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Kimberley - People selling their homes in Kimberley have become the latest target for burglars, who pose as potential home buyers to get their hands on jewellery and electronic equipment.

A Herlear resident, whose house is on the market, said on Thursday that on Wednesday last week a silver BMW 6 series pulled up at his door. “I was on the phone and I saw this car stopping. The driver hooted. We had just signed an offer to purchase the night before so I thought it was the wife, with some friends, who was coming to look. The women were all well dressed and well groomed.”

The resident said he unlocked his front gate and let them inside. “They asked me to open the side gate, which was a bit strange, but I did so.

The resident walked ahead of the women and they went into the flat on the premises. “The one woman asked about the gas geyser and how it worked. She seemed very interested so I explained. Every time I wanted to move, she would ask another question and kept me busy.”

He only realised afterwards that while he was explaining and answering questions, the other two women were rummaging through the contents of the flat. “They must have gone around the side and handed the stolen items over the wall to the person sitting in the car.”

He said once they were back in the main house, he went into his office to show a municipal account to the one woman. “She kept looking at the photos and asked about the people in the photos, while the other two went into the main bedroom.”

When the group left, he realised that they had left a cellphone on the kitchen counter. “I went outside to return it and as the car pulled away, I realised that there was no number plate.”

On returning to the house, he realised that several items had been stolen. “Two laptops and two rings were stolen from the outside flat, while jewellery, including a watch and all the items in my wife’s drawer, were gone.”

Although he reported the case to the police, no fingerprints were taken and there has been no follow up. “I got a case number and that appears to be that. There seems to be no attempt by the police to find these thieves - it seems like they are waiting for them to slip up rather than to do an investigation from their side.”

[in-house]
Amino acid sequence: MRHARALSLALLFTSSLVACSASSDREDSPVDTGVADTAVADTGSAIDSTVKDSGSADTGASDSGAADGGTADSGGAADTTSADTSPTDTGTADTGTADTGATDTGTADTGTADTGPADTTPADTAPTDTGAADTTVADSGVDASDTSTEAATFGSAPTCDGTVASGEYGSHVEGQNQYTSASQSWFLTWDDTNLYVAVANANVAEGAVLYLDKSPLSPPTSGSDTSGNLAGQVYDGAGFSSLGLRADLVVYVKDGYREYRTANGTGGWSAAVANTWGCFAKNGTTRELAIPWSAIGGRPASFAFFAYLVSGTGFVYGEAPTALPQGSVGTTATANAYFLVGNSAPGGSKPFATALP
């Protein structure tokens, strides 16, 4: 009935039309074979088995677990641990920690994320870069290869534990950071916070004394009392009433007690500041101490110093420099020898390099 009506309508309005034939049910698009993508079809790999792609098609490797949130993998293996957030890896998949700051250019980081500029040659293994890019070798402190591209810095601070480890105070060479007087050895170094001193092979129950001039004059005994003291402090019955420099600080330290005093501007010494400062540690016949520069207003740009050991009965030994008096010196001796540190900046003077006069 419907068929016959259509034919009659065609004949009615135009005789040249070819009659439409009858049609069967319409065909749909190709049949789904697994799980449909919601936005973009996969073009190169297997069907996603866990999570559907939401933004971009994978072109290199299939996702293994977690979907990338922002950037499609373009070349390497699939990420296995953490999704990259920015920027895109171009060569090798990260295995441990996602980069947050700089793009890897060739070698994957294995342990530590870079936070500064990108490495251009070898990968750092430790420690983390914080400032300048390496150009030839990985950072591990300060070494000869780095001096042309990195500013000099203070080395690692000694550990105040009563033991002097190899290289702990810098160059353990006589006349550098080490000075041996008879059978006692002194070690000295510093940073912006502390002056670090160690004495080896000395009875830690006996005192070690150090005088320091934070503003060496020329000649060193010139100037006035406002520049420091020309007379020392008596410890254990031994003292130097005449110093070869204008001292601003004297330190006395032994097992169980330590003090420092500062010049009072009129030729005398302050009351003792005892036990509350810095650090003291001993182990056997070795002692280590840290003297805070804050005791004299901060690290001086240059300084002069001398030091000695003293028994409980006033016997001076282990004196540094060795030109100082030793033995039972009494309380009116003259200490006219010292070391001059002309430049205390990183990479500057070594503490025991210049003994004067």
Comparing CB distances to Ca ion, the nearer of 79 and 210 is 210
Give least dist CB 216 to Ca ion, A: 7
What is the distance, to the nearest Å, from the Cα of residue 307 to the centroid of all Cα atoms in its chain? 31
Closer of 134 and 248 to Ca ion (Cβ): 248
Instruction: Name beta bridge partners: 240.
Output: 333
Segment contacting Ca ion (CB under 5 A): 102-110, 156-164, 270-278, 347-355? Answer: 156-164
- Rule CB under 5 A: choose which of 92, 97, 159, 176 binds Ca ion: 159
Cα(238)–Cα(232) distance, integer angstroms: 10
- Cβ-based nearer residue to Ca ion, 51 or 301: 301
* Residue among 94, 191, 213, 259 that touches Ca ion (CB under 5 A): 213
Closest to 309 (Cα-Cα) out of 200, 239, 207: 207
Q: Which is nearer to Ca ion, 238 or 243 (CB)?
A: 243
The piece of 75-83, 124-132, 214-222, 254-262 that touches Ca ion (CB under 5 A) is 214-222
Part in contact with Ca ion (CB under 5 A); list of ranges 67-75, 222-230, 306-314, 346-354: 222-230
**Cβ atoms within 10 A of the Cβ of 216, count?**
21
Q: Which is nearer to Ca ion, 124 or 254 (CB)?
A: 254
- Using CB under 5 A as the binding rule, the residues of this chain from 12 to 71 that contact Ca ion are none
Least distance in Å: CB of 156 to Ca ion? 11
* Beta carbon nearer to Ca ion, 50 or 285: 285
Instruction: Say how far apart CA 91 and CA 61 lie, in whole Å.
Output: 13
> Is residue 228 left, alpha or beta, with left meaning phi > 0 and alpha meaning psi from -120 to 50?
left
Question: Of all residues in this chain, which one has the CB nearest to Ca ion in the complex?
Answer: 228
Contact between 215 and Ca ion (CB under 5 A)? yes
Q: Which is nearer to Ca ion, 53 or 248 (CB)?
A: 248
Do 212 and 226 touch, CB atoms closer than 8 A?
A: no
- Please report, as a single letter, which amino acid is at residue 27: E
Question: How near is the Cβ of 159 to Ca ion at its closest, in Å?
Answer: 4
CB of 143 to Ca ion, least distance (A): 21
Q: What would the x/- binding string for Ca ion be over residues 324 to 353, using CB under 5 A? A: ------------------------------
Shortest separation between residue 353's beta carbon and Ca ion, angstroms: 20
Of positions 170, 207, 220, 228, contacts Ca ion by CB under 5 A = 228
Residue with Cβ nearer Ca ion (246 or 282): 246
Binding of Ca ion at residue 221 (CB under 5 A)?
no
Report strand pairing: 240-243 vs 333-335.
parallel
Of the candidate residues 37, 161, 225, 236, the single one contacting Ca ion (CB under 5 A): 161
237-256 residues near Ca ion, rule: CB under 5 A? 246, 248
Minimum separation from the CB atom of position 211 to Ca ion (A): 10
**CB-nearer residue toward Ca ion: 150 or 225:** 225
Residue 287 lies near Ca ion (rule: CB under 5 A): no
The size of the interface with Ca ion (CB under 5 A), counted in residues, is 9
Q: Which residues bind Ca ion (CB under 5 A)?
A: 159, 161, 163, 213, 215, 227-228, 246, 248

Several other home sellers have been caught out by the same group of women and one managed to capture footage on her home CCTV cameras. “It is the same group who are obviously targeting people trying to sell their home. One homeowner even gave them tea.”

Estate agents in Kimberley have warned that potential sellers should never allow anyone in their home unless they are accompanied by an agent. “Rather ask them to wait a few minutes while you contact the agent or even ask them to come back at a specific time. It may seem tempting to show them around as they look very interested and keen on the property but you are opening yourself up to become a potential target.”

The problem is not unique to Kimberley and national agents have reported that a for sale sign in front of a home can be an invitation to burglars and scammers.

“While you see a home for sale, they see a home that’s easy to access. This allows them to get their hands on easy to exploit items like credit card statements, jewellery and family heirlooms, while an agent talks about curb appeal. They can even tour your home with an invitation, identifying valuables in every room before they return to burgle your home,” one agent warned online.

She advised home sellers to take steps to protect their home, valuables, and family during the home sales process.

“Some of the most important steps you can take for safety during the sales process are removing and securing valuables, requiring appointments, pre-qualification and identification, and working with a professional agent who understands safety and security.”

Other advice for those inviting prospective buyers into their homes is to remove or lock away sensitive documents like credit card statements and vehicle titles; password protect or remove all computers and devices; remove prescription medications form medicine cabinets; remove guns and ammunition, which is another hot commodity for thieves; never leave money or credit cards at home; remove or lock up valuables; remove all family photos; check doors and windows after showings; keep everyone together and don’t allow people to split up; use security cameras and collect information from everyone who attends an open house; and never reveal personal information.